This content originally appeared on diaTribe. Republished with permission.
By Liz Kopco
Molecular biologist Liz Kopco has been living with type 2 diabetes since 2014. Along with advocating for women and girls in STEM, Kopco shares her personal journey with diabetes to help teach people to become their own advocates.
Growing up surrounded by diabetes – most of my mother’s family lives with type 2 diabetes – I saw firsthand how difficult a life with diabetes could be.
That’s why I’ve always been very health-conscious. I ran half marathons, 5Ks, did intense workouts, and tried to eat as many salads as possible. I was going to be the “exception” to my family’s curse.
I pushed my body with intense cardio workouts. I had to work out or I’d get diabetes. Losing weight was the only way to prevent it. That’s what I was always told. Then I ended up blacking out after a workout and hitting my head on the dining table on the way down.
While checking for a concussion, my doctor ordered some bloodwork, and I was diagnosed with prediabetes. I had to “lose weight and eat healthy” if I wanted a fighting chance. So I worked out even harder. I ate even less. And I somehow still ended up getting diagnosed with type 2 diabetes just a few months later at age 23.
The nutritionist I saw gave me a pamphlet, wished me luck, and that was all the support I got.
I felt like I had failed. I was too young. I didn’t look “diabetic.” I wasn’t lazy. I had actually tried.
I would go to the bathroom to prick my finger or not check my blood sugar levels at all so people wouldn’t know I had diabetes. I didn’t want to have to explain all over again that I knew I was too young, didn’t look diabetic, and wasn’t lazy.
I didn’t realize I had internalized so much stigma until I was put on insulin four years later. I remember my uncle always telling me to take care of myself so I wouldn’t “get worse and end up on insulin like my family.”
I’m the daughter of Mexican immigrants, and as I mentioned, many family members on my mom’s side have type 2 diabetes. It’s the reason I decided to pursue a career in science – to help find a cure for diabetes.
And here I was, worse, failing yet again. I beat myself up for letting it get “this bad,” unaware that insulin was just like any other medicine and had no moral value.
I almost didn’t take my insulin because of stigma. These misconceptions and negative associations with type 2 diabetes made an already difficult situation even more challenging.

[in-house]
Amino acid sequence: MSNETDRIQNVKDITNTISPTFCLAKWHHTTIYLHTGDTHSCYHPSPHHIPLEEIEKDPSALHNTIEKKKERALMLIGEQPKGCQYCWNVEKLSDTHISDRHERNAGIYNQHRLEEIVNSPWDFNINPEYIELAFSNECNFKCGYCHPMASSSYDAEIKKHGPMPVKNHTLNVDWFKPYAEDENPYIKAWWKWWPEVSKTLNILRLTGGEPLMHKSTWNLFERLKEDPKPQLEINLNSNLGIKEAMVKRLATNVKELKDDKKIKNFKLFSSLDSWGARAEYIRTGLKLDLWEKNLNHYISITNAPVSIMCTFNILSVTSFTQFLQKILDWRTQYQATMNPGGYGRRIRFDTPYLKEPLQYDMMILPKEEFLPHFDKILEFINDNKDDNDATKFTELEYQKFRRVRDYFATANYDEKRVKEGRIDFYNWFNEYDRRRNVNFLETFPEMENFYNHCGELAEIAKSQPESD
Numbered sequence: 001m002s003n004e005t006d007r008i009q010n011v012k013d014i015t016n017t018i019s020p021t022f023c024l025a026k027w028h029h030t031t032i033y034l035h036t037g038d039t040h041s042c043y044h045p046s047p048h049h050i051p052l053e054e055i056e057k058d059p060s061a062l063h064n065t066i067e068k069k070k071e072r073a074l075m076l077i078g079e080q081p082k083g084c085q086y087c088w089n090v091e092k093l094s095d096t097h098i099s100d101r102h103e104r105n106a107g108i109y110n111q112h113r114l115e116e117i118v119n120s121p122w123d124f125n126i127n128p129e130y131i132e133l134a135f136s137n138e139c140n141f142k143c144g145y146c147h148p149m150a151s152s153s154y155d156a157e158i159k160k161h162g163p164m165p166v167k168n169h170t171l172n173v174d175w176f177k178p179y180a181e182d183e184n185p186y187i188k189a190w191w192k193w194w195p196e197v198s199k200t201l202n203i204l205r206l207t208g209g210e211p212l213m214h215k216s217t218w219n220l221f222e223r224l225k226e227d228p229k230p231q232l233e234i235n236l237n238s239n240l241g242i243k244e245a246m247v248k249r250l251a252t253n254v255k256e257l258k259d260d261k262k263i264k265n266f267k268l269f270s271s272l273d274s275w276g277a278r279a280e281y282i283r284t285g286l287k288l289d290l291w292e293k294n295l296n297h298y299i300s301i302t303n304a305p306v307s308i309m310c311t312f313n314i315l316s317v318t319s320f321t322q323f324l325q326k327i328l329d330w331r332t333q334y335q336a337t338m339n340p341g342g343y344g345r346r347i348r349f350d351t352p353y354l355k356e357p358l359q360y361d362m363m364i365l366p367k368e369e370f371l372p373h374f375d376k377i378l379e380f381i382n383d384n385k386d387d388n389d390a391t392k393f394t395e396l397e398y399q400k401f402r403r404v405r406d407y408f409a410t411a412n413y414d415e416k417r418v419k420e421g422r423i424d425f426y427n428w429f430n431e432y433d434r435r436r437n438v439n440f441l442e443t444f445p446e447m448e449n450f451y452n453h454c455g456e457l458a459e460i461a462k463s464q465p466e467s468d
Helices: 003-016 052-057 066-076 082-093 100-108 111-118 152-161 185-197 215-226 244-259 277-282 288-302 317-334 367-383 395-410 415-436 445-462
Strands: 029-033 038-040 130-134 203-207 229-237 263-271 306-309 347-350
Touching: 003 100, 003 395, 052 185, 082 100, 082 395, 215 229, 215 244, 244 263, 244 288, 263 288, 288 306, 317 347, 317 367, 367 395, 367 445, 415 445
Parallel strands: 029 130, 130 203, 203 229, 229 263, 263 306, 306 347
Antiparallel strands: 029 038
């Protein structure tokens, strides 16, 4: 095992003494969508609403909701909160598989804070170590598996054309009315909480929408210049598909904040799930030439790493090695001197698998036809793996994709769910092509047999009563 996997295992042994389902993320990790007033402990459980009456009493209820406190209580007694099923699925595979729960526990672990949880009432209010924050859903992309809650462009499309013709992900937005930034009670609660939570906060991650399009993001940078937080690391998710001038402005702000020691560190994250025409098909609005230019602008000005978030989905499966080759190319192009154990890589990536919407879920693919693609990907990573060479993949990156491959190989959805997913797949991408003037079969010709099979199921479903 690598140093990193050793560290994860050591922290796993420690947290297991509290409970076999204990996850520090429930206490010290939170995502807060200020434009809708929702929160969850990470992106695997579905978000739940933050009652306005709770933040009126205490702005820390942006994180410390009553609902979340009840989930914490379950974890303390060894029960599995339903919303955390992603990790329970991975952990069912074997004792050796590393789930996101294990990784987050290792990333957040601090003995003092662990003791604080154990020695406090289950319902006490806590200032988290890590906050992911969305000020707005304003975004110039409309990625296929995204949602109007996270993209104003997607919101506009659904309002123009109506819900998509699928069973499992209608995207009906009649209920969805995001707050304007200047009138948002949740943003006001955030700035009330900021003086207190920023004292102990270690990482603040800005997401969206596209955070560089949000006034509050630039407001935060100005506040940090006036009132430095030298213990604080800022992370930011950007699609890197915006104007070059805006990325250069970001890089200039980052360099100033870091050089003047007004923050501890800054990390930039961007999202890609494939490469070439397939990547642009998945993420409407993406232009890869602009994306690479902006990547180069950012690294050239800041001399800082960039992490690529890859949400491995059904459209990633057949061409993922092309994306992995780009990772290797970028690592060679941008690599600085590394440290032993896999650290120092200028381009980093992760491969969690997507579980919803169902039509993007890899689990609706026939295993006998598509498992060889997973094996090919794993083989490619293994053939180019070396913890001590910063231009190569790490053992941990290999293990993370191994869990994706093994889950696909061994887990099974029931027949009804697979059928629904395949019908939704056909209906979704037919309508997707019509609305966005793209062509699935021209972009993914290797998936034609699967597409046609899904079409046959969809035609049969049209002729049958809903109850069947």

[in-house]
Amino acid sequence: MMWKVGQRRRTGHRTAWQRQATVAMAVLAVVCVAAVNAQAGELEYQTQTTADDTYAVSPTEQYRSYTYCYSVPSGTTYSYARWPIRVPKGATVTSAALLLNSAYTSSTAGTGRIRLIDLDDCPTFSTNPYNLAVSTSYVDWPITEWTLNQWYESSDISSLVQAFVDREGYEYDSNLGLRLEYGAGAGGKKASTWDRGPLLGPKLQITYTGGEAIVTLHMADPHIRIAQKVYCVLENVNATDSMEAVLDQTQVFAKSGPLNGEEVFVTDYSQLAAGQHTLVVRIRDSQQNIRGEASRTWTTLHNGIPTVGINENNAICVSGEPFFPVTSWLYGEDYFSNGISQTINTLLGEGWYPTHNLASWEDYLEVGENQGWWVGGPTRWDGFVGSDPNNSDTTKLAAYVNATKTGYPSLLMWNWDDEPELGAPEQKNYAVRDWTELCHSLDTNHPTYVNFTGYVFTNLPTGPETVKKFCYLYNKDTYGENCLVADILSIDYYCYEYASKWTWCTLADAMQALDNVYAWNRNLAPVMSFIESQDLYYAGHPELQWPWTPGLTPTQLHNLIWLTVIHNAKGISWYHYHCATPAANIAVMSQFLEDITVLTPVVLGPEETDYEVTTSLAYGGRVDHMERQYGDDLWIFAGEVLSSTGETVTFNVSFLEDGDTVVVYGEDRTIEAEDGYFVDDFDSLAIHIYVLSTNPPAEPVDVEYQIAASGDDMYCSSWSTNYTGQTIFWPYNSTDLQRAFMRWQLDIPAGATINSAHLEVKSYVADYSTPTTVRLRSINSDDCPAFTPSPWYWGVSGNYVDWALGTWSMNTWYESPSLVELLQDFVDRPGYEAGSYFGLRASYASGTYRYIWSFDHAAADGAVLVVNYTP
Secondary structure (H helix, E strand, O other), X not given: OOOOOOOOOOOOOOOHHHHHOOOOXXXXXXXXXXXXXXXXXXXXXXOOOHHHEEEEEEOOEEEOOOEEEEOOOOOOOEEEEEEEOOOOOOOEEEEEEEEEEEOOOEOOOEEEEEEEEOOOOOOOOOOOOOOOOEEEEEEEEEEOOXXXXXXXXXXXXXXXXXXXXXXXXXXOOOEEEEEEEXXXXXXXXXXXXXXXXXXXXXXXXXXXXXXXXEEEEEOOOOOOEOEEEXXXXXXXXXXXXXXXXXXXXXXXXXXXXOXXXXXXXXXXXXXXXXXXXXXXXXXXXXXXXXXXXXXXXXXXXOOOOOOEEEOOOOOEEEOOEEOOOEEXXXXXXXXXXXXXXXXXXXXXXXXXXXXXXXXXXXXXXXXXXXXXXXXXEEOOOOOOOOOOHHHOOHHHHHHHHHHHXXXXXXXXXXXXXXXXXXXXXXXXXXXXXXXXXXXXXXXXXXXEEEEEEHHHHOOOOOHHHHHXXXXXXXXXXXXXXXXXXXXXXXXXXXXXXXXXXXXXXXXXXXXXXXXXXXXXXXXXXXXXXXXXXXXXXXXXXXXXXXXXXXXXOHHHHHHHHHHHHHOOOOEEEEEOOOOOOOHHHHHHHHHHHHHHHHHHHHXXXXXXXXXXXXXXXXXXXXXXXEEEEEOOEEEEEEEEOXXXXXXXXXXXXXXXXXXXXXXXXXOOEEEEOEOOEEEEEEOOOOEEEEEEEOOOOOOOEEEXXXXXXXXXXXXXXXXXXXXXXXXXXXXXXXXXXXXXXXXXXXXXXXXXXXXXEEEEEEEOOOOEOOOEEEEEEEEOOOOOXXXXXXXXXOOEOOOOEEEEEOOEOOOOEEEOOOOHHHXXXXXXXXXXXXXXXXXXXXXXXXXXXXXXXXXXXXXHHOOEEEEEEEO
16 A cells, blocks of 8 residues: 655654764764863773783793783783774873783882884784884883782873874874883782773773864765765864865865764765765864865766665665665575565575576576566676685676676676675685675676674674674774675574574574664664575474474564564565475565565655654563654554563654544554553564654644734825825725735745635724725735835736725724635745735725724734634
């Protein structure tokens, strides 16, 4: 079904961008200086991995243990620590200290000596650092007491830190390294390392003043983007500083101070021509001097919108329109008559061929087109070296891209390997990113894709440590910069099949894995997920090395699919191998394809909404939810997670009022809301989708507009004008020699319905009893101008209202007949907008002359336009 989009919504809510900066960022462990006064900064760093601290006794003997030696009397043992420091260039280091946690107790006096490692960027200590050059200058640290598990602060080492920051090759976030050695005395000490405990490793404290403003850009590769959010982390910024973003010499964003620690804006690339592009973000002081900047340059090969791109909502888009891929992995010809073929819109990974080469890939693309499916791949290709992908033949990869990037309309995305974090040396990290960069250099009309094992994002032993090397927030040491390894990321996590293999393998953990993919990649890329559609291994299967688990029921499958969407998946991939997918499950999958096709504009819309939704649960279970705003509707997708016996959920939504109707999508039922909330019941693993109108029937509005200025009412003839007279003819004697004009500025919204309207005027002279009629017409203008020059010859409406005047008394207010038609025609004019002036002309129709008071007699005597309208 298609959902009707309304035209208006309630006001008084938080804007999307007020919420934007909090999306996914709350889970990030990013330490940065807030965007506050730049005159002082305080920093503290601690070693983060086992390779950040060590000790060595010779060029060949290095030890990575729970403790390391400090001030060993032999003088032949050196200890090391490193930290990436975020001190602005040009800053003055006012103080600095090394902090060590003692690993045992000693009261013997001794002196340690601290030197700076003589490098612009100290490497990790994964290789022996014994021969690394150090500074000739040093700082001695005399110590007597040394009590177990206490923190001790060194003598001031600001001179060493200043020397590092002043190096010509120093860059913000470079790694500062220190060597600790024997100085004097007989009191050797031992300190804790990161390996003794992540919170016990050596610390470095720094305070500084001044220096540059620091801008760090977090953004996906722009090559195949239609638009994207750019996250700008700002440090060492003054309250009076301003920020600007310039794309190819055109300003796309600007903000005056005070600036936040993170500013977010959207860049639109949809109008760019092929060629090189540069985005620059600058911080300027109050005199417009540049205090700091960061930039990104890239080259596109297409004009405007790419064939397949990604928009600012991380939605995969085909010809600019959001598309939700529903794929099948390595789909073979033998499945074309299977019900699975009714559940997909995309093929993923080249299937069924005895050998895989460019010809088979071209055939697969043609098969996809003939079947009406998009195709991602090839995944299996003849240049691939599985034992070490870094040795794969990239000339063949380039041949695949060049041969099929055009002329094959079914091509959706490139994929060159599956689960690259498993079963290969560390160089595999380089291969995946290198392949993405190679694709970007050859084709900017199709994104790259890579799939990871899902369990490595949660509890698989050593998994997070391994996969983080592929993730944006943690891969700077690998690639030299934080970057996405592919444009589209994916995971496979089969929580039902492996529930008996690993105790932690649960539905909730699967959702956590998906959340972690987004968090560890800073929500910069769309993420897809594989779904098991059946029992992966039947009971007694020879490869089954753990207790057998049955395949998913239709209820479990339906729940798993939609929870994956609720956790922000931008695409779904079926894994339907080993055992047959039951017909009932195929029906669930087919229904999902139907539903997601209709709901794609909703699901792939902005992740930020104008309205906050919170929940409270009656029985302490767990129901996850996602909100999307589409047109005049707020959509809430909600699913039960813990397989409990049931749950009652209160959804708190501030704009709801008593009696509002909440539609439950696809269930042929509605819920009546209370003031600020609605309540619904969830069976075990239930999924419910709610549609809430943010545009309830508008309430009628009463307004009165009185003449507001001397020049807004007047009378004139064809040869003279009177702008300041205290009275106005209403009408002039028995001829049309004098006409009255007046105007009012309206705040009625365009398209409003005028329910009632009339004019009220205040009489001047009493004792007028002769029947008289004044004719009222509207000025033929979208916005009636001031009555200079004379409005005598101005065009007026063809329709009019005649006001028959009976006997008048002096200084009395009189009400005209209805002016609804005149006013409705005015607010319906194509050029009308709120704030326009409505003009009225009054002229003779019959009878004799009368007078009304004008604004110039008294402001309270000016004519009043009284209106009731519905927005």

Last year I had my first big surgery; I got my gallbladder removed. I was so nervous and anxious about having surgery, not knowing what to expect. Doctors and nurses kept coming in and out of my room, asking so many questions that I couldn’t remember who was who.
Finally, the anesthesiologist came in – the last doctor before going into surgery. She grabbed my chart and asked what type of diabetes I had. I said, “Type 2.” Without looking at the rest of my medical history, talking to my endocrinologist, or even asking me more questions, she simply said, “Type 2 and on insulin? Wow, you must be really bad.”
That’s the last thing I remember before waking up from surgery. The following two weeks that I should have been focusing on recovering I spent crying. Replaying that moment over and over in my head and beating myself up for not saying something to her. A doctor who should have had better bedside manners. A doctor made several assumptions about me based on one fact: that I took insulin.
I cried out of anger. I cried because although I knew better and that she was perpetuating stigma, I also knew that she probably said things like that to other patients who didn’t know better.
Other patients who thought being on insulin must be bad so they stopped taking it. Other patients who didn’t feel comfortable speaking up to a doctor. Other patients who were maybe already frightened about surgery and also went into it with their hearts pounding and eyes watering.
Gaining a diabetes diagnosis shouldn’t mean losing respect. I’m fortunate to have access to the tools I need to manage my diabetes, including therapy. It’s taken years of therapy to unlearn stigmas and acknowledge my biases – something not everyone has the opportunity to do.
Because of diabetes stigma and stereotypes, my relationship with food has been destroyed. I had the belief that if I didn’t eat, I wouldn’t need as much insulin, and taking less insulin made me a “better diabetic” because society said I shouldn’t need to be on medicine – just use cardio and cinnamon.
I spent years at the gym trying to lose weight to justify that I’m worthy of living. Society and providers take one look at me and blame my condition on my weight and culture.
“It’s all the tortillas and fried food,” they said. But when I only eat lettuce, I somehow still have diabetes.
Thanks to stigma, a diabetes diagnosis means I’m the butt of every joke. It means I can’t eat anything other than a vegetable without having someone make a comment or give me a look.
Every day I have two fights: one against diabetes progression and one against stigma. I have twice the fighting and sometimes half the resources to do so. I can’t fight this on my own.
Diabetes stigma is perpetuated and upheld by society and it’ll take society to end it. Fighting it together is important because it means I can focus on just living with diabetes.
It means that more people will feel comfortable asking their doctors about getting tested and can get diagnosed earlier. Less stigma means more lives saved.
Learn more about diabetes stigma and how to change the narrative here: